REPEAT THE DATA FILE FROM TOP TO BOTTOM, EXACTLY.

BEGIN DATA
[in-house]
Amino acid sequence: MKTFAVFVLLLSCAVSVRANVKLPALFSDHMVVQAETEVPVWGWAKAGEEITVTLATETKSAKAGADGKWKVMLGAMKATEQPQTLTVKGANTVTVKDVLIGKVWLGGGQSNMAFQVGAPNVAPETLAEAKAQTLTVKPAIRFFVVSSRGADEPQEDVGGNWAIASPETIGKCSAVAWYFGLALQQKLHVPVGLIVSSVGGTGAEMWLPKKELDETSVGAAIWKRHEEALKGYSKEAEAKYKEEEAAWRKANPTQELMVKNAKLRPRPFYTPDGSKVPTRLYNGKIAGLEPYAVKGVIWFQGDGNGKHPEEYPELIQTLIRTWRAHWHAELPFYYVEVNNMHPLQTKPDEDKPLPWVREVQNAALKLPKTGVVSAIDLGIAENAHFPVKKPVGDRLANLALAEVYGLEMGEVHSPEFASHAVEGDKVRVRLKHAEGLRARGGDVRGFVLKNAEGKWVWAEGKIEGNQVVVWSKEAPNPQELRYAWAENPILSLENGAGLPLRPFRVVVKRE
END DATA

[in-house]
Amino acid sequence: MKTFAVFVLLLSCAVSVRANVKLPALFSDHMVVQAETEVPVWGWAKAGEEITVTLATETKSAKAGADGKWKVMLGAMKATEQPQTLTVKGANTVTVKDVLIGKVWLGGGQSNMAFQVGAPNVAPETLAEAKAQTLTVKPAIRFFVVSSRGADEPQEDVGGNWAIASPETIGKCSAVAWYFGLALQQKLHVPVGLIVSSVGGTGAEMWLPKKELDETSVGAAIWKRHEEALKGYSKEAEAKYKEEEAAWRKANPTQELMVKNAKLRPRPFYTPDGSKVPTRLYNGKIAGLEPYAVKGVIWFQGDGNGKHPEEYPELIQTLIRTWRAHWHAELPFYYVEVNNMHPLQTKPDEDKPLPWVREVQNAALKLPKTGVVSAIDLGIAENAHFPVKKPVGDRLANLALAEVYGLEMGEVHSPEFASHAVEGDKVRVRLKHAEGLRARGGDVRGFVLKNAEGKWVWAEGKIEGNQVVVWSKEAPNPQELRYAWAENPILSLENGAGLPLRPFRVVVKRE